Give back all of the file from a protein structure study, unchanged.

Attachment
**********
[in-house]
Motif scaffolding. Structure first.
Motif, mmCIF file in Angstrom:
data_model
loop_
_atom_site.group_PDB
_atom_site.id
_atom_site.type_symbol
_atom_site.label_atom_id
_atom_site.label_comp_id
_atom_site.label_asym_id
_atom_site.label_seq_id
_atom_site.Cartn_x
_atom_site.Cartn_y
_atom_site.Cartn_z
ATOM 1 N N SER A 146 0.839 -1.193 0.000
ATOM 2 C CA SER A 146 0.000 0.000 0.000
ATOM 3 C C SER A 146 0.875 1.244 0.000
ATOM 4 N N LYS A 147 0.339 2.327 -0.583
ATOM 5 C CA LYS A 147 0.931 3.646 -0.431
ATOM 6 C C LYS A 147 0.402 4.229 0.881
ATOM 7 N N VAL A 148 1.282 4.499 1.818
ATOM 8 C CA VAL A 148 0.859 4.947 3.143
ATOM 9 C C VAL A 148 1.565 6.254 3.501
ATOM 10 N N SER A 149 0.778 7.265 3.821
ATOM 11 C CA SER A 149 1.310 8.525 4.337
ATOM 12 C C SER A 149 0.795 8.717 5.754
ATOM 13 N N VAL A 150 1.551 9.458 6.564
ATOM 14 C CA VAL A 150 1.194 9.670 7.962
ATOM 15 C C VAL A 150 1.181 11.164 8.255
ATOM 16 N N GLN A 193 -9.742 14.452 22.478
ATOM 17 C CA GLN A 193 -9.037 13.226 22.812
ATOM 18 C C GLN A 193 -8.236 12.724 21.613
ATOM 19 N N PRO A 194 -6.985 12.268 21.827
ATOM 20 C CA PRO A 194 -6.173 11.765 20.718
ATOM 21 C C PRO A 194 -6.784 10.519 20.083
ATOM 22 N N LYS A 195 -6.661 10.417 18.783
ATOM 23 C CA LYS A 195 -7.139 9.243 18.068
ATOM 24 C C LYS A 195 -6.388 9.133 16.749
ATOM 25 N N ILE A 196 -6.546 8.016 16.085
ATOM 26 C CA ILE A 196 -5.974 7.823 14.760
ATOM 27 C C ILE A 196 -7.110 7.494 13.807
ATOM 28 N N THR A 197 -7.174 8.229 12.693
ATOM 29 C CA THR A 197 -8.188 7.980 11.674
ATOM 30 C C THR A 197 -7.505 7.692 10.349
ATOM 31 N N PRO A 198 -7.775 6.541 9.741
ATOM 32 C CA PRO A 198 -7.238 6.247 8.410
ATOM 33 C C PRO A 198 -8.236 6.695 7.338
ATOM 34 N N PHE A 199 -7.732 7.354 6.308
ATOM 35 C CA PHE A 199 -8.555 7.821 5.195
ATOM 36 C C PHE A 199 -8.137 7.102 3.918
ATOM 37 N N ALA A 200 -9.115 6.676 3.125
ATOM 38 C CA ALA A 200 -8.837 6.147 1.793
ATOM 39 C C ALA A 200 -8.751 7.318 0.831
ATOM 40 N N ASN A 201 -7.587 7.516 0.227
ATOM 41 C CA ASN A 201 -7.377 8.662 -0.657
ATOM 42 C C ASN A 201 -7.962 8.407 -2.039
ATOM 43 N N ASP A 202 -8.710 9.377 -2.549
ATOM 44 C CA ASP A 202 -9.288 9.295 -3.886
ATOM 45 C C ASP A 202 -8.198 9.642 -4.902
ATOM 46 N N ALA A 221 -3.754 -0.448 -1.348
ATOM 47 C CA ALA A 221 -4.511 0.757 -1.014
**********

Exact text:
[in-house]
Motif scaffolding. Structure first.
Motif, mmCIF file in Angstrom:
data_model
loop_
_atom_site.group_PDB
_atom_site.id
_atom_site.type_symbol
_atom_site.label_atom_id
_atom_site.label_comp_id
_atom_site.label_asym_id
_atom_site.label_seq_id
_atom_site.Cartn_x
_atom_site.Cartn_y
_atom_site.Cartn_z
ATOM 1 N N SER A 146 0.839 -1.193 0.000
ATOM 2 C CA SER A 146 0.000 0.000 0.000
ATOM 3 C C SER A 146 0.875 1.244 0.000
ATOM 4 N N LYS A 147 0.339 2.327 -0.583
ATOM 5 C CA LYS A 147 0.931 3.646 -0.431
ATOM 6 C C LYS A 147 0.402 4.229 0.881
ATOM 7 N N VAL A 148 1.282 4.499 1.818
ATOM 8 C CA VAL A 148 0.859 4.947 3.143
ATOM 9 C C VAL A 148 1.565 6.254 3.501
ATOM 10 N N SER A 149 0.778 7.265 3.821
ATOM 11 C CA SER A 149 1.310 8.525 4.337
ATOM 12 C C SER A 149 0.795 8.717 5.754
ATOM 13 N N VAL A 150 1.551 9.458 6.564
ATOM 14 C CA VAL A 150 1.194 9.670 7.962
ATOM 15 C C VAL A 150 1.181 11.164 8.255
ATOM 16 N N GLN A 193 -9.742 14.452 22.478
ATOM 17 C CA GLN A 193 -9.037 13.226 22.812
ATOM 18 C C GLN A 193 -8.236 12.724 21.613
ATOM 19 N N PRO A 194 -6.985 12.268 21.827
ATOM 20 C CA PRO A 194 -6.173 11.765 20.718
ATOM 21 C C PRO A 194 -6.784 10.519 20.083
ATOM 22 N N LYS A 195 -6.661 10.417 18.783
ATOM 23 C CA LYS A 195 -7.139 9.243 18.068
ATOM 24 C C LYS A 195 -6.388 9.133 16.749
ATOM 25 N N ILE A 196 -6.546 8.016 16.085
ATOM 26 C CA ILE A 196 -5.974 7.823 14.760
ATOM 27 C C ILE A 196 -7.110 7.494 13.807
ATOM 28 N N THR A 197 -7.174 8.229 12.693
ATOM 29 C CA THR A 197 -8.188 7.980 11.674
ATOM 30 C C THR A 197 -7.505 7.692 10.349
ATOM 31 N N PRO A 198 -7.775 6.541 9.741
ATOM 32 C CA PRO A 198 -7.238 6.247 8.410
ATOM 33 C C PRO A 198 -8.236 6.695 7.338
ATOM 34 N N PHE A 199 -7.732 7.354 6.308
ATOM 35 C CA PHE A 199 -8.555 7.821 5.195
ATOM 36 C C PHE A 199 -8.137 7.102 3.918
ATOM 37 N N ALA A 200 -9.115 6.676 3.125
ATOM 38 C CA ALA A 200 -8.837 6.147 1.793
ATOM 39 C C ALA A 200 -8.751 7.318 0.831
ATOM 40 N N ASN A 201 -7.587 7.516 0.227
ATOM 41 C CA ASN A 201 -7.377 8.662 -0.657
ATOM 42 C C ASN A 201 -7.962 8.407 -2.039
ATOM 43 N N ASP A 202 -8.710 9.377 -2.549
ATOM 44 C CA ASP A 202 -9.288 9.295 -3.886
ATOM 45 C C ASP A 202 -8.198 9.642 -4.902
ATOM 46 N N ALA A 221 -3.754 -0.448 -1.348
ATOM 47 C CA ALA A 221 -4.511 0.757 -1.014